Bring back Qwikster? Netflix (NFLX) hit a new 52-week low Thursday and some traders still think it could get worse. And one investor isn't sure why Lionsgate (LGF), the studio behind "The Hunger Games" should be up after reporting a loss.
Ha! Remember when Tilson and Netflix CEO Reed Hastings had dueling op-eds on Seeking Alpha about whether to short the stock or not? Looks like Tilson should have stayed short.
I think it may be a bit hyperbolic to suggest that Netflix is the next RIMM (RIMM). But yes, the fundamentals are not promising. Also, a word of caution on that price-to-earnings ratio you're citing. It's trailing, i.e. it includes profits Netflix earned before it started to implode last summer. It's not nearly that cheap on a forward looking basis. Since Netflix is only expected to eke out a small profit this year, it is trading at nearly 800 times forecasts. Even using 2013 estimates, the P/E is still 30.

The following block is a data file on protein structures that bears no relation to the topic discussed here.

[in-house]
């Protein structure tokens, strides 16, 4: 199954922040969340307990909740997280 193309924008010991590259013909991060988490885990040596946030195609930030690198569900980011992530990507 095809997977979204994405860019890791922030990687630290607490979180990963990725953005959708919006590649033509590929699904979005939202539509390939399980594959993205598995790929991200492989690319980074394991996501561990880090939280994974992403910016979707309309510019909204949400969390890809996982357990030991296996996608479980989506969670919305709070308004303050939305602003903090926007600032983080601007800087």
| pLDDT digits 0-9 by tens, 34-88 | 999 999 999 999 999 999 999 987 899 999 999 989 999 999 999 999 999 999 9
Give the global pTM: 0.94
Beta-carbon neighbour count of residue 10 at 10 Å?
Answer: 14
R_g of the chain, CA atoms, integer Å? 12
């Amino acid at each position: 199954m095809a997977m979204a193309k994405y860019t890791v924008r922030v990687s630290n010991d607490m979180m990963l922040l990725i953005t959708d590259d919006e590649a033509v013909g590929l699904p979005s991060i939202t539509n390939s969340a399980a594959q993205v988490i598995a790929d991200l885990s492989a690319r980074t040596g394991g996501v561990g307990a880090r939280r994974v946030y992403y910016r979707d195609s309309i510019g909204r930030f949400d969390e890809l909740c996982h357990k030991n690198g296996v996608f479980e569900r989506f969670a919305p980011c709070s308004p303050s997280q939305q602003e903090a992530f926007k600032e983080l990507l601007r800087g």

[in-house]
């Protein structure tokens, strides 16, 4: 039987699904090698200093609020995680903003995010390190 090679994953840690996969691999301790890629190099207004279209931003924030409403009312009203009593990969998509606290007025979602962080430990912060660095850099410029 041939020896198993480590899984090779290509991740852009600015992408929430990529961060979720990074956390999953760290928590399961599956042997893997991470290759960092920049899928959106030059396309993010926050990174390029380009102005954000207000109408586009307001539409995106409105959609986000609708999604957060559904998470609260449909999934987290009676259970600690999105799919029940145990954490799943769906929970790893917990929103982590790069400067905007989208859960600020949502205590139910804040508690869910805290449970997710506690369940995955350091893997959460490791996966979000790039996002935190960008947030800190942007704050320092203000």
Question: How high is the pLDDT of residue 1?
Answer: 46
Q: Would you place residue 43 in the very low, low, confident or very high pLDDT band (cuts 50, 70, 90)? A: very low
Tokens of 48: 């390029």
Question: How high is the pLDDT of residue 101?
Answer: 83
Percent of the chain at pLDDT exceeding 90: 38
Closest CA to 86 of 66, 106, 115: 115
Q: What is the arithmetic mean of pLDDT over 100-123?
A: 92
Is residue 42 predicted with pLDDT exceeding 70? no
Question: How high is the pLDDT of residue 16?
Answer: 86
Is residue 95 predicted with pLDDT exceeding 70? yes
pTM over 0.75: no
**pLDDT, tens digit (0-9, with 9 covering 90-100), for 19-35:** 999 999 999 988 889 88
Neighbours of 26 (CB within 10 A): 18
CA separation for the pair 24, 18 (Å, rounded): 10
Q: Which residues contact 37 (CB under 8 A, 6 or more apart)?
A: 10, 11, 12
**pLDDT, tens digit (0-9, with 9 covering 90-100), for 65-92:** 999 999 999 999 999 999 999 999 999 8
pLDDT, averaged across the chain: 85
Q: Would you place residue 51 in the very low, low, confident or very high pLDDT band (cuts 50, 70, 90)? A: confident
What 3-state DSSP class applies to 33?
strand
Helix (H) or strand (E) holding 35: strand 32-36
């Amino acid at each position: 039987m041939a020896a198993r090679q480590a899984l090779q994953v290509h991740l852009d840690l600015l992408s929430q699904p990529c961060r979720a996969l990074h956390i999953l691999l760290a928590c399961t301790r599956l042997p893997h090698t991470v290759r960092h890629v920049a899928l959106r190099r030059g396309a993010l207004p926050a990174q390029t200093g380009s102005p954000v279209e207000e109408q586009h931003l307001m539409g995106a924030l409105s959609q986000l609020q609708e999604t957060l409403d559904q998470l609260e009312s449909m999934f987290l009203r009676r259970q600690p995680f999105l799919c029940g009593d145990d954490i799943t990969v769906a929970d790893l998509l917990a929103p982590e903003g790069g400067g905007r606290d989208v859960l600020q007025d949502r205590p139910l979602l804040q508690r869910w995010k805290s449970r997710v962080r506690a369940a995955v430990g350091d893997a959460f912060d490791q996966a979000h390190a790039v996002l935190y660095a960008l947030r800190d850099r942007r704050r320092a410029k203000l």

To be fair, it's not hard to figure out that "The Hunger Games" and "Breaking Dawn" will be big hits. Movies based on monstrously successful books that have a particular appeal to teen-aged girls is a sure-fire way to a box office smash these days, it seems.
But the problem with owning a studio is that marketing costs can be very expensive. And Lionsgate will now face pressure to build on its current success. So yes, predicting how successful all of your movies will be is not easy. And for every hit like "The Avengers" there is also a "John Carter." Just ask Disney (DIS).
|Associated Press botches Hillary Clinton report and response August 26|
|Revealed: Fox News' 400-page oppo file on Gabriel Sherman August 26|
|Steve Wozniak to Apple: Keep the iPhone's headphone jack|
|Top South Korean exec found dead hours before prosecutor questioning August 26|
|Richard Branson bike crash: 'I thought I was going to die'|